Having emarketed a number of sites I have found that link popularity is important for search engine placement.
Infact I beleive in it so much that I recently knocked up a fully automated cross linking package which I have just put up on [snip url - see profile] (see links in the toolbar). After a few teething problems during URL spidering it seems to be working fine.
Oh, and another thing... when someome places a link to your site you have to register that page with the search engines to pump up you popularity as quickly as possible.
(edited by: paynt at 7:44 pm (utc) on Jan. 18, 2002)
The problem with that type of approach is it immediately becomes a linkstoyou type of link system and is a great center for datamining a list of uninformed spammers.
At the same time, you yourself need to be wary of this kind of system. It is very simple to cloak one's page so that your automated spider see's the links but the user (or google) does not. I did it for linkstoyou when that was still an effective means of pushing linkpop on new sites.
I'm afraid ggrot's word of warning goes even a little further. Here's what we're told according to Google webmaster information [google.com]:
...setting up pages/links with the sole purpose of fooling search engines may result in permanent removal from our index. If you think your site may fall into this category, you might try 'cleaning up' the page and sending a re-inclusion request to email@example.com. We do not make any guarantees about if or when we will re-include your site.
Unfortunately, many have been around that bend before, with some very sorry consequences.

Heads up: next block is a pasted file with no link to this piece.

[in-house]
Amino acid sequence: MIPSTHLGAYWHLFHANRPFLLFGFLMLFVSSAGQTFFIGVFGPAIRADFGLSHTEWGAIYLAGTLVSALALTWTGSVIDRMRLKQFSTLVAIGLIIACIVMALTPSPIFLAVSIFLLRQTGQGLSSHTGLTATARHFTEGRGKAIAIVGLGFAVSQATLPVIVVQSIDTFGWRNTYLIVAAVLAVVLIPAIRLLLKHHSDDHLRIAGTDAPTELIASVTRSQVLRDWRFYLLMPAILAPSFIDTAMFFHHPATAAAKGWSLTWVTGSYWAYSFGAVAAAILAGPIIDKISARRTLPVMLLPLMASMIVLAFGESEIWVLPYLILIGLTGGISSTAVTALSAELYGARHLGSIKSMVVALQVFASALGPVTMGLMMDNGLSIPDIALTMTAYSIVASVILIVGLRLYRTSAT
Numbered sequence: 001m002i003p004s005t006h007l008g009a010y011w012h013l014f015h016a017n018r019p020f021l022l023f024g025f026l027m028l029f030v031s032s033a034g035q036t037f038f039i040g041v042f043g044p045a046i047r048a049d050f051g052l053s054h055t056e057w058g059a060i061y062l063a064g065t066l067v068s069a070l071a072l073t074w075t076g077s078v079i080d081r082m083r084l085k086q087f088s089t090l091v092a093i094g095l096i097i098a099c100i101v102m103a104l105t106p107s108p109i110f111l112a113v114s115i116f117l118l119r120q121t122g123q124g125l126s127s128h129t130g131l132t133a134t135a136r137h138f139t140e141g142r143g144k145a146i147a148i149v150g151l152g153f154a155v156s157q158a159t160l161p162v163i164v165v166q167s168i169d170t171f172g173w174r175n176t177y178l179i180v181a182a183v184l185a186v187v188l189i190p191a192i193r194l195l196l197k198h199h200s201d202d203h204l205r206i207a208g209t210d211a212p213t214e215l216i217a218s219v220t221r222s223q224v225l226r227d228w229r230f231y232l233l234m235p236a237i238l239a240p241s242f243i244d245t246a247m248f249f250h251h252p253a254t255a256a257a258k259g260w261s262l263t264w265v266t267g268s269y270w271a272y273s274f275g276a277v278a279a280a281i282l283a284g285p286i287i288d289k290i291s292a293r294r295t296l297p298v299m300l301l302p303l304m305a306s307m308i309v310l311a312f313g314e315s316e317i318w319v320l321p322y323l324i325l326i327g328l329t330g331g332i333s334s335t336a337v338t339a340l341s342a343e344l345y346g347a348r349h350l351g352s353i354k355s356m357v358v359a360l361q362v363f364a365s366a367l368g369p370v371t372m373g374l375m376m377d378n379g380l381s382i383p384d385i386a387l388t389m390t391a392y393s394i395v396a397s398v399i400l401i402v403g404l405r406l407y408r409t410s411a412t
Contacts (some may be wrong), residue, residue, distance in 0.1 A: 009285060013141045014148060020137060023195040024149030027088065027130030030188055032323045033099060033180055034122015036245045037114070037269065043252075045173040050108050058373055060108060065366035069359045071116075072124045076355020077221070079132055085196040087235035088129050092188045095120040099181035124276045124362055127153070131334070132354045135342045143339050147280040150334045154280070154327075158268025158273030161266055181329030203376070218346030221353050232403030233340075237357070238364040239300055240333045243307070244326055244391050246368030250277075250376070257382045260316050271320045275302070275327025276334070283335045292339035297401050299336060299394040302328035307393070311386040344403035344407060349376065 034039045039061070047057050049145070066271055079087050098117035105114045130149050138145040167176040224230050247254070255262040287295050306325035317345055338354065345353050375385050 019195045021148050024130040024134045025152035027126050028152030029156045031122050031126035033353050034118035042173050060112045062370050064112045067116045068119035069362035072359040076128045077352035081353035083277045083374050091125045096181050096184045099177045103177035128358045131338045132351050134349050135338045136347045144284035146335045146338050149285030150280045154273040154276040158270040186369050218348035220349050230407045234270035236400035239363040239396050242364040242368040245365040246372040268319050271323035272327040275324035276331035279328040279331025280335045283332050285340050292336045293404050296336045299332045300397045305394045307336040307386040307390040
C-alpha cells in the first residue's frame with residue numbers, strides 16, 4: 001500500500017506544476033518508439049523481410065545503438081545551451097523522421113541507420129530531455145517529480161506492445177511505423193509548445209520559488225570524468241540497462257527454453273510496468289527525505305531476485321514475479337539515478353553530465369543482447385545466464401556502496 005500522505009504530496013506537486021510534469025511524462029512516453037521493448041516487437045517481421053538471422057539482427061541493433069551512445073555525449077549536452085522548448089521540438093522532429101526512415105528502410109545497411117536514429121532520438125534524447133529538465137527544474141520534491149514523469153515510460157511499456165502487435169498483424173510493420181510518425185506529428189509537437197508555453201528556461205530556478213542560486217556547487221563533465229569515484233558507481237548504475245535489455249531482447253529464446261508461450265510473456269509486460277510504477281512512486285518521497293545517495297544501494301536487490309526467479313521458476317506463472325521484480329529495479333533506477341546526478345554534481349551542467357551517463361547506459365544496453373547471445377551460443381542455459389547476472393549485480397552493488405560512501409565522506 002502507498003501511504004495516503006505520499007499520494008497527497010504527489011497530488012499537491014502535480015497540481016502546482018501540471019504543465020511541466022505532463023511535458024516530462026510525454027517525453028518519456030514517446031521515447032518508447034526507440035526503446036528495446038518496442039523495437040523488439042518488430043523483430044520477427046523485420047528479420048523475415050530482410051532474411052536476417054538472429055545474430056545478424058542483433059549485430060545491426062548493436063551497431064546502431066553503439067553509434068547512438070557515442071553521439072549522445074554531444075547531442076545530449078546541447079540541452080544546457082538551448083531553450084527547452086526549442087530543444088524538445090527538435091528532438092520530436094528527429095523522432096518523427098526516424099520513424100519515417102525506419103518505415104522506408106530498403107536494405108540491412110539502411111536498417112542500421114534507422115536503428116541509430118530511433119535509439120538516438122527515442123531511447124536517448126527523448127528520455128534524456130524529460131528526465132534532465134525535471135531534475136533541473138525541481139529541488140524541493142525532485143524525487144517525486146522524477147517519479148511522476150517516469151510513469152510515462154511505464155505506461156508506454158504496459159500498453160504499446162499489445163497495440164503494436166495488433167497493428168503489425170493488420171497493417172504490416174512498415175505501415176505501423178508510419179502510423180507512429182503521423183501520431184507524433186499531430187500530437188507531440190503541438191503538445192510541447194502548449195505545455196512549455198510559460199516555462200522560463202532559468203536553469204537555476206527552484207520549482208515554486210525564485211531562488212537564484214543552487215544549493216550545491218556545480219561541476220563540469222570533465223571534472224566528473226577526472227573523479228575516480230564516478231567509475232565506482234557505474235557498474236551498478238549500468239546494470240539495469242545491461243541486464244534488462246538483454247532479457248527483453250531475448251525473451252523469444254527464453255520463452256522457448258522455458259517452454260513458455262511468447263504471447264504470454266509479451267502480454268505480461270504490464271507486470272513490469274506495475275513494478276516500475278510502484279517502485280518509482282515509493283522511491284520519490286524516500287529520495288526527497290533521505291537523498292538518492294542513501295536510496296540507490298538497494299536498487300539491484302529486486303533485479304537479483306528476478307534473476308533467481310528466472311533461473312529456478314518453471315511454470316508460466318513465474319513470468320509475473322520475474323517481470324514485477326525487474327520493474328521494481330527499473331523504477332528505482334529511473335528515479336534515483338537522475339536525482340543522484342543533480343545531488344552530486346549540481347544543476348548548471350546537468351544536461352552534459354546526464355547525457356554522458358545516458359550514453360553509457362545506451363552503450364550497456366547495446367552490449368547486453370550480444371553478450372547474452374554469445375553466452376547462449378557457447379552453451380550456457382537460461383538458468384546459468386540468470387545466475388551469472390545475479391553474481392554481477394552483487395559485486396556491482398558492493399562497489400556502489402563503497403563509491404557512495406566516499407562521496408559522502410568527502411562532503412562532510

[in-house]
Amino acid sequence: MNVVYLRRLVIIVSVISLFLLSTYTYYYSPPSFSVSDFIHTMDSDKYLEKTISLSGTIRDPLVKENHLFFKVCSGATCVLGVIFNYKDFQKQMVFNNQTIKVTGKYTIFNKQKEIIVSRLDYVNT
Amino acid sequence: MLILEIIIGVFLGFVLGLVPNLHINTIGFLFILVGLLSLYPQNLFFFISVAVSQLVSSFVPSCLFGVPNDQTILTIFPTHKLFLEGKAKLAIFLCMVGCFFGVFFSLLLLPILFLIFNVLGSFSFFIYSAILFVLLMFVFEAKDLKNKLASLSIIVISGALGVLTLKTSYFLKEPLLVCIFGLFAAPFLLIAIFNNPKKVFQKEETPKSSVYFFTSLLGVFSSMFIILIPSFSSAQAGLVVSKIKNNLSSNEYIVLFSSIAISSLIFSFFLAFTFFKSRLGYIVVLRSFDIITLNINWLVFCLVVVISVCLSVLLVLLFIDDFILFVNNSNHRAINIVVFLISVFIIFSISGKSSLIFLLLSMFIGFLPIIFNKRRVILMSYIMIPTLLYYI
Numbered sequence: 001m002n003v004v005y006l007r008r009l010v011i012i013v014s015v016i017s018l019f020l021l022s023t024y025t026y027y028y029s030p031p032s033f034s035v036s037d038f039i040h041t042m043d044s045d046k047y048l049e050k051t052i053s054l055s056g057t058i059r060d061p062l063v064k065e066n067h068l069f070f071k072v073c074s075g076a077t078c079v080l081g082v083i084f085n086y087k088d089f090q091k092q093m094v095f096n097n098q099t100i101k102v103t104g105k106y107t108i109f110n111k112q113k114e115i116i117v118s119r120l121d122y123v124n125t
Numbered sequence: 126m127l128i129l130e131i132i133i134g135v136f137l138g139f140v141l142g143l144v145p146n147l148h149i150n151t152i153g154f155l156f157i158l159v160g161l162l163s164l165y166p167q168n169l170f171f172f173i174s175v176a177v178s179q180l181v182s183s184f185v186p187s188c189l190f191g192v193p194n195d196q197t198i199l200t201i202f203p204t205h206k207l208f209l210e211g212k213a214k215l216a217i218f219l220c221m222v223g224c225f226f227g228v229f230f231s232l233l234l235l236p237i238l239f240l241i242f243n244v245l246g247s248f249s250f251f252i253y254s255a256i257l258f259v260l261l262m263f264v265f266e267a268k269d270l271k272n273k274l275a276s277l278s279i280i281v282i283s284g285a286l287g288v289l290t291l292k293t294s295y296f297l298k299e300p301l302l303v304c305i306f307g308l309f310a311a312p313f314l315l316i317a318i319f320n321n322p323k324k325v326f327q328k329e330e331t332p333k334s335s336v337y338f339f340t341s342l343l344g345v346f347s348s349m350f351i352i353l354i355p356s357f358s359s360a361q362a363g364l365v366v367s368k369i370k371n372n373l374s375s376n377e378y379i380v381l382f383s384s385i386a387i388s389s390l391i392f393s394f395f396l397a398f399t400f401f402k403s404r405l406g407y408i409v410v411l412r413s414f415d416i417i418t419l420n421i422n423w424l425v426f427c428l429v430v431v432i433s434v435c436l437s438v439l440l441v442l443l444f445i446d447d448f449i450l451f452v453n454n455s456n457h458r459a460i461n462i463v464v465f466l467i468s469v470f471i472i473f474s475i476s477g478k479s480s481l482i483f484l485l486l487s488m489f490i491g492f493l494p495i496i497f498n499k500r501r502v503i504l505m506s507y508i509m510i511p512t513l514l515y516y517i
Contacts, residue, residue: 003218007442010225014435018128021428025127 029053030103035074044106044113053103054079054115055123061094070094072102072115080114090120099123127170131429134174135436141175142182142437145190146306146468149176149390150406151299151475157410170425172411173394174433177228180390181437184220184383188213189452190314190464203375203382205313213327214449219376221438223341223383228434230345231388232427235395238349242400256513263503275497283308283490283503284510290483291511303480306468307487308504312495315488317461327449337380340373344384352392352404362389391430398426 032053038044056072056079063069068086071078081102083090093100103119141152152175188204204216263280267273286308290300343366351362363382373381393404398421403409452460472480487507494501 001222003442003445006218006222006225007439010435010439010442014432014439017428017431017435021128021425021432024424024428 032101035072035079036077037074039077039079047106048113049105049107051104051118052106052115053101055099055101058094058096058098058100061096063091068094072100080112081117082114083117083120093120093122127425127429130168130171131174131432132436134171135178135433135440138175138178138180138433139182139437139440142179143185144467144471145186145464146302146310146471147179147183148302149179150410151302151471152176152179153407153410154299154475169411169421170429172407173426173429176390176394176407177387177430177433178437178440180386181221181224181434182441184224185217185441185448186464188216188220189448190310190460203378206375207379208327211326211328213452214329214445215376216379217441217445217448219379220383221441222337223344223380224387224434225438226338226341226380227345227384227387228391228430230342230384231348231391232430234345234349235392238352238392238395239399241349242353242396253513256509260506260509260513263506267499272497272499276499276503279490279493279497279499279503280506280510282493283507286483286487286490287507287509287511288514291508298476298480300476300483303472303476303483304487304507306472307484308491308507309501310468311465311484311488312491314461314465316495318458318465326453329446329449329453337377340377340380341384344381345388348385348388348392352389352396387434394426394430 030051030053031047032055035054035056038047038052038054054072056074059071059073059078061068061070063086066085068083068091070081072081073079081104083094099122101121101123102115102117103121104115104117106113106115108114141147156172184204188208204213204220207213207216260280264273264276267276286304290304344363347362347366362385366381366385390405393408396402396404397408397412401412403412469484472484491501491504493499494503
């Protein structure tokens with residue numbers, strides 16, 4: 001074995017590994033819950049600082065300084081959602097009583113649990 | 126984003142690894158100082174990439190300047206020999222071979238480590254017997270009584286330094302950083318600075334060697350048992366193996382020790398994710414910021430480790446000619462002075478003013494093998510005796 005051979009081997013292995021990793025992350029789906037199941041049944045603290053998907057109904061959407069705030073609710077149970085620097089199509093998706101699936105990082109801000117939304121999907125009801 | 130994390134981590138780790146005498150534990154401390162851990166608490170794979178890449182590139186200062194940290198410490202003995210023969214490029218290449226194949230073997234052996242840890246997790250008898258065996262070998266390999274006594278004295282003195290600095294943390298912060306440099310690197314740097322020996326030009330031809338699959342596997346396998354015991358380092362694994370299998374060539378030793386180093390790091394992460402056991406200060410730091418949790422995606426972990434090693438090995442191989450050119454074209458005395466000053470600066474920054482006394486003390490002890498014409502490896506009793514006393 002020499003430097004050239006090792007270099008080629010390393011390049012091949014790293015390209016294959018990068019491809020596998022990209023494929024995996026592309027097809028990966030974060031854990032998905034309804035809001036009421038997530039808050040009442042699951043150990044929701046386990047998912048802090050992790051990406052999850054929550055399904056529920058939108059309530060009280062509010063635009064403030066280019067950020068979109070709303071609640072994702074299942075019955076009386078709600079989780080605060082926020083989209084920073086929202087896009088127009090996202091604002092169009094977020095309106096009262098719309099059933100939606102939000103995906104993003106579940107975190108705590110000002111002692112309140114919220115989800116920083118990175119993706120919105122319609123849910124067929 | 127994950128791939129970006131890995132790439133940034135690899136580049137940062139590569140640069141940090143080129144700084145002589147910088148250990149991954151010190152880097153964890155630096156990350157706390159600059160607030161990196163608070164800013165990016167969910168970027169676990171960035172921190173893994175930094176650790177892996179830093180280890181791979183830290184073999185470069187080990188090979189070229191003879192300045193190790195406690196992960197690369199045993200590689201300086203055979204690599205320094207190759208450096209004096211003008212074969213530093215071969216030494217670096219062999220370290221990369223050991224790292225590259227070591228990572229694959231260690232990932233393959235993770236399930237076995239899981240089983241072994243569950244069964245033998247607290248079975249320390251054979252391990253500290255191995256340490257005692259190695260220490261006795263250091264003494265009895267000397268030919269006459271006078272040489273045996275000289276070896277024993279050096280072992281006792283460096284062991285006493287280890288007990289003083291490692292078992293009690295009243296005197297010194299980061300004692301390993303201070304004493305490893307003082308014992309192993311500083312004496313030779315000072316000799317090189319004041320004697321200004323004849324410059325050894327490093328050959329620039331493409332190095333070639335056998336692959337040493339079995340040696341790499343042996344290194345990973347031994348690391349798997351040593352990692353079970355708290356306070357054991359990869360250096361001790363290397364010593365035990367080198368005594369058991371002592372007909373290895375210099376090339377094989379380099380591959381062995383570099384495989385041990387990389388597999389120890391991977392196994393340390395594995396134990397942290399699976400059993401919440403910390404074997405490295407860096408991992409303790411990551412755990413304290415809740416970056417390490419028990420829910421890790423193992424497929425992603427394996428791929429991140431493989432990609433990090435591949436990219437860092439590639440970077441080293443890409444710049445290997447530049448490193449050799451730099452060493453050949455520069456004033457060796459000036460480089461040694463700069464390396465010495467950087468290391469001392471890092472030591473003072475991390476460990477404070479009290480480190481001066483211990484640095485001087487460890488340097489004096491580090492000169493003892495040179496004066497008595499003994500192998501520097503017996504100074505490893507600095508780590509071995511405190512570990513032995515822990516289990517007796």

Thank you for the good intentions, but doing a good read around the board can be very convincing to do it the old-fashioned way and seek out quality, relevant linking partners. It may be time consuming, but it still works and doesn't carry the high risk factor with it.
Check out Google, ever noticed that pages with lower PR rank higher than you? On page criteria still important, links are not magical elixir to long life and good position although necessary. Really noticed the on page value (and domain name) when surfing through Google yesterday.
Marcia & ggrot - I see what you mean: fooling a spider is easy and ending up with a list of unrelated links on a travel web site is of no use to anyone.
The way I over come it is be parsing the spidered HTML source looking for HTML comment tags and I also monitor changes in pages that link to my site. I automatically get notified if there is a change and if there is a possible fraudster trying to link to me.
Also the last step in my software is a manual check since a) I want to be sure that the link to my page can be seen. b) I won't accept links which are of not related to my web site.
Acutally the purpose of me writing the link software in the first case was because I was fed up of cross linking with people and then visiting their site a few months down the line just to find that the link isn't there anymore!
I understand and accept google's comment about 'spam links' but I actually would like to provide a service to my users as well as increase traffic to my site. The only way this can be done is if I have an efficient way of managing the links.